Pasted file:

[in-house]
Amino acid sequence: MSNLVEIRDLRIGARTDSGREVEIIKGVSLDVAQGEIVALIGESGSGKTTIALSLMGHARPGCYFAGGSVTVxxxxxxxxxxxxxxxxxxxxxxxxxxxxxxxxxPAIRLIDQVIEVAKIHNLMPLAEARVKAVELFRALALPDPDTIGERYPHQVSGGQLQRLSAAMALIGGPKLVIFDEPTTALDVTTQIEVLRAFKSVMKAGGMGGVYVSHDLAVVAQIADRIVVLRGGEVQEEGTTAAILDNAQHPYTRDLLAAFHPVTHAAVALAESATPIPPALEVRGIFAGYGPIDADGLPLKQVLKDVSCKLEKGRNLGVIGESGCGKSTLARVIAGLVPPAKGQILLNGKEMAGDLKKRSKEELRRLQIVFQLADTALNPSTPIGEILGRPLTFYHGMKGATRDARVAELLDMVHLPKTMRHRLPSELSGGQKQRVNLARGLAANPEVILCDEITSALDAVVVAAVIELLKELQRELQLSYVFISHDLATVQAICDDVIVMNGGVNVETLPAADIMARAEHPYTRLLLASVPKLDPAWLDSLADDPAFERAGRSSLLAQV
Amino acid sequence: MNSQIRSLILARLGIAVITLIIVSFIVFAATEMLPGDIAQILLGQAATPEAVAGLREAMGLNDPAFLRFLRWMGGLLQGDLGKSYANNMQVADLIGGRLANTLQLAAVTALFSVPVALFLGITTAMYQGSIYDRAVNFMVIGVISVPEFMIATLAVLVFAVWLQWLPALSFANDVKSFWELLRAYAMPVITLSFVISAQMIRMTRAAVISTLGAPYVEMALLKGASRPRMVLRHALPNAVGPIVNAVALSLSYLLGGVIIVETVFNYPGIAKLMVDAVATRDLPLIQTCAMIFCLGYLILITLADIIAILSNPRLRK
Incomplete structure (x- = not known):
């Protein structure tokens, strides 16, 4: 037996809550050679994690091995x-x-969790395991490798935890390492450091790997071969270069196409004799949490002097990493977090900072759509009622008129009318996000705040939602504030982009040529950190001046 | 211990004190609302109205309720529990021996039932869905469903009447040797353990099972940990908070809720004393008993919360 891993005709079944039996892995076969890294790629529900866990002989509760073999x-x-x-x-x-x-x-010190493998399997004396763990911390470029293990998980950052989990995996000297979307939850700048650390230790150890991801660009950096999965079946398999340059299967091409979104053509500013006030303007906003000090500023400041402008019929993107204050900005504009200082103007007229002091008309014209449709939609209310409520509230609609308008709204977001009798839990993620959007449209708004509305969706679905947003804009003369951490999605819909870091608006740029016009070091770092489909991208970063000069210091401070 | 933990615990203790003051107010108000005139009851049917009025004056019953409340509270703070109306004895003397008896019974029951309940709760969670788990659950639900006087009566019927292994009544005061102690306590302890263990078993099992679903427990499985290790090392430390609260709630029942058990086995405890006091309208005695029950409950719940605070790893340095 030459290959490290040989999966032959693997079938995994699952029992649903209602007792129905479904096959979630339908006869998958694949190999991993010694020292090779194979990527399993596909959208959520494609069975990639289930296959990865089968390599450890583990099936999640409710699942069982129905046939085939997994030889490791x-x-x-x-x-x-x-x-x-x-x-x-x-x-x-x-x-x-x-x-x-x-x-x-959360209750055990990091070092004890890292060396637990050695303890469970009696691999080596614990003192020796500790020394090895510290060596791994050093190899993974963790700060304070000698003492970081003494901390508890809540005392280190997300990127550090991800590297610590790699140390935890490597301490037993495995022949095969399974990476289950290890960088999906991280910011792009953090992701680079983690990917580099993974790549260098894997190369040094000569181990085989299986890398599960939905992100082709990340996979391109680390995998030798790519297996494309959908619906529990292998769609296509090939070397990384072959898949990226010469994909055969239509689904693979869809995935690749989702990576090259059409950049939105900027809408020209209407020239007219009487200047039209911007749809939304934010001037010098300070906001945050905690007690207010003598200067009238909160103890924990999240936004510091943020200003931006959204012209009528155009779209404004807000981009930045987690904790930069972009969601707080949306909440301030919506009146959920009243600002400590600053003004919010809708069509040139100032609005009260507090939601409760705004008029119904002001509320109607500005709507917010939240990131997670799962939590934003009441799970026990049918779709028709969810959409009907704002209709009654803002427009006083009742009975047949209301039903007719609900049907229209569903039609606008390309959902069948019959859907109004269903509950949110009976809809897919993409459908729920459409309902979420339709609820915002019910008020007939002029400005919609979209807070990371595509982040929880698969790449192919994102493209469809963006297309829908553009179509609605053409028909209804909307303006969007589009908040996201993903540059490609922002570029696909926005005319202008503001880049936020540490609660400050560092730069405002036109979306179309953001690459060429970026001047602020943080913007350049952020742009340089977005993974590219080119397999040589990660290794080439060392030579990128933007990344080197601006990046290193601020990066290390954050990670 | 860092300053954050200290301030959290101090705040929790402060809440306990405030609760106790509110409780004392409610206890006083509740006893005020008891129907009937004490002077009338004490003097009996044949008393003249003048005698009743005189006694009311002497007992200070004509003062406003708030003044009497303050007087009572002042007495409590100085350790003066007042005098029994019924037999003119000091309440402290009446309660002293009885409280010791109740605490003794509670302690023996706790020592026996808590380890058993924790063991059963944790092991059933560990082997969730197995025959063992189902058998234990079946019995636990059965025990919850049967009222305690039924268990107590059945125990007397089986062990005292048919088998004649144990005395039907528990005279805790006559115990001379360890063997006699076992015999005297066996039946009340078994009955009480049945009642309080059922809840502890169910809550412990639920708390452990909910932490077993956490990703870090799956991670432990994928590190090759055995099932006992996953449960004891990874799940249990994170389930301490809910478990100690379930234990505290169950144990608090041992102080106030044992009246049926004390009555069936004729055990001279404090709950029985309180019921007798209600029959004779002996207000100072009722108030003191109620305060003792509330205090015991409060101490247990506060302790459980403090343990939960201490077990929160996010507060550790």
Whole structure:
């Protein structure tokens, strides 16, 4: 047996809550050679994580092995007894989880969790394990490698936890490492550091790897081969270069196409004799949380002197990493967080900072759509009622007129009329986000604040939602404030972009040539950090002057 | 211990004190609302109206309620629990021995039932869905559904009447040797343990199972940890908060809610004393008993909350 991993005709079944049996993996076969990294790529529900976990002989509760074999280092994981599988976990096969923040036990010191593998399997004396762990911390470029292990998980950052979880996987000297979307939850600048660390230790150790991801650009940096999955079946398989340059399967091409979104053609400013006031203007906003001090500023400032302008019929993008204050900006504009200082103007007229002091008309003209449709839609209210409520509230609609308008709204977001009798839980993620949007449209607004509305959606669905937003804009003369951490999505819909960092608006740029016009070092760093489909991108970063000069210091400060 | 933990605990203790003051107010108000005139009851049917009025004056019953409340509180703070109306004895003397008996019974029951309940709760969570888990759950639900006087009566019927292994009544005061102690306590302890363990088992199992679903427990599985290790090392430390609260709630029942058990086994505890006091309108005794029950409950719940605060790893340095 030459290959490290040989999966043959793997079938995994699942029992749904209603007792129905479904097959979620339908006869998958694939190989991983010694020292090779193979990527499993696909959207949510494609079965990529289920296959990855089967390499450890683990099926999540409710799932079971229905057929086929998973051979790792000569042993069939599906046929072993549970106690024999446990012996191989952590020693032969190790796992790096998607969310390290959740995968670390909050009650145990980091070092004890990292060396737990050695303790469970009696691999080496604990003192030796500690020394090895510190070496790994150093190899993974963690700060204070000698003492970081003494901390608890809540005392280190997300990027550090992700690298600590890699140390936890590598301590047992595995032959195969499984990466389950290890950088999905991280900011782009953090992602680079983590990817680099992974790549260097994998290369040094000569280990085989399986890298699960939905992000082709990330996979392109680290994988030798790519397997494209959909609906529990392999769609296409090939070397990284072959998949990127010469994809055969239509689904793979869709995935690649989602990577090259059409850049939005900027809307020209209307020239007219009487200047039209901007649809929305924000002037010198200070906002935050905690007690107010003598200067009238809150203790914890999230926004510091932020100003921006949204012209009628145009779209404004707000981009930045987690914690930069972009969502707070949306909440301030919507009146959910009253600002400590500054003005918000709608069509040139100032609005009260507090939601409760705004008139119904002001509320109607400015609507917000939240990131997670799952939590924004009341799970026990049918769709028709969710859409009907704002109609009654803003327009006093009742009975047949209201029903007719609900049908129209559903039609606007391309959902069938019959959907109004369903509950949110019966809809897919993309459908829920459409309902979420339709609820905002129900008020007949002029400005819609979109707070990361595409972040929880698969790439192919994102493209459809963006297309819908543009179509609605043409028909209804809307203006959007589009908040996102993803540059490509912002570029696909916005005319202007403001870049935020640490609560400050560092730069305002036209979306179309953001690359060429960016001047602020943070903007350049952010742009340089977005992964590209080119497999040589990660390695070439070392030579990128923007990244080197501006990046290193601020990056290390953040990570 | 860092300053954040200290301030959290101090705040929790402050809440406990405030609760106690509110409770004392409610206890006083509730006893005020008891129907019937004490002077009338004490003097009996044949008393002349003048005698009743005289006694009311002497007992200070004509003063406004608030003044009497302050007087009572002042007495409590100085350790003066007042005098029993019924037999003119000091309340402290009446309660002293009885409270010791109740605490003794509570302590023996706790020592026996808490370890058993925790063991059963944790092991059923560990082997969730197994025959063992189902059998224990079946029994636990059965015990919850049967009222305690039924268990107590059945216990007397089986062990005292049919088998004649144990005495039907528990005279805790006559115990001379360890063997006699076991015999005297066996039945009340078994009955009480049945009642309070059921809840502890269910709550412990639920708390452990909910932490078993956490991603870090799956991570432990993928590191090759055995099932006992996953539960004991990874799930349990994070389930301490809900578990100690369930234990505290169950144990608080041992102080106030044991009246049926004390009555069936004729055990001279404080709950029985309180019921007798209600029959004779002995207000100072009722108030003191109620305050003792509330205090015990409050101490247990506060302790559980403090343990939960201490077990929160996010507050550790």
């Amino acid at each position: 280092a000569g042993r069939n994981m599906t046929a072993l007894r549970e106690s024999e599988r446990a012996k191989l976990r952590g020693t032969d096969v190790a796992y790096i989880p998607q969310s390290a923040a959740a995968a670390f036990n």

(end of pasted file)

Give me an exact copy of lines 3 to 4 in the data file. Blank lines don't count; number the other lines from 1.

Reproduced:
Amino acid sequence: MNSQIRSLILARLGIAVITLIIVSFIVFAATEMLPGDIAQILLGQAATPEAVAGLREAMGLNDPAFLRFLRWMGGLLQGDLGKSYANNMQVADLIGGRLANTLQLAAVTALFSVPVALFLGITTAMYQGSIYDRAVNFMVIGVISVPEFMIATLAVLVFAVWLQWLPALSFANDVKSFWELLRAYAMPVITLSFVISAQMIRMTRAAVISTLGAPYVEMALLKGASRPRMVLRHALPNAVGPIVNAVALSLSYLLGGVIIVETVFNYPGIAKLMVDAVATRDLPLIQTCAMIFCLGYLILITLADIIAILSNPRLRK
Incomplete structure (x- = not known):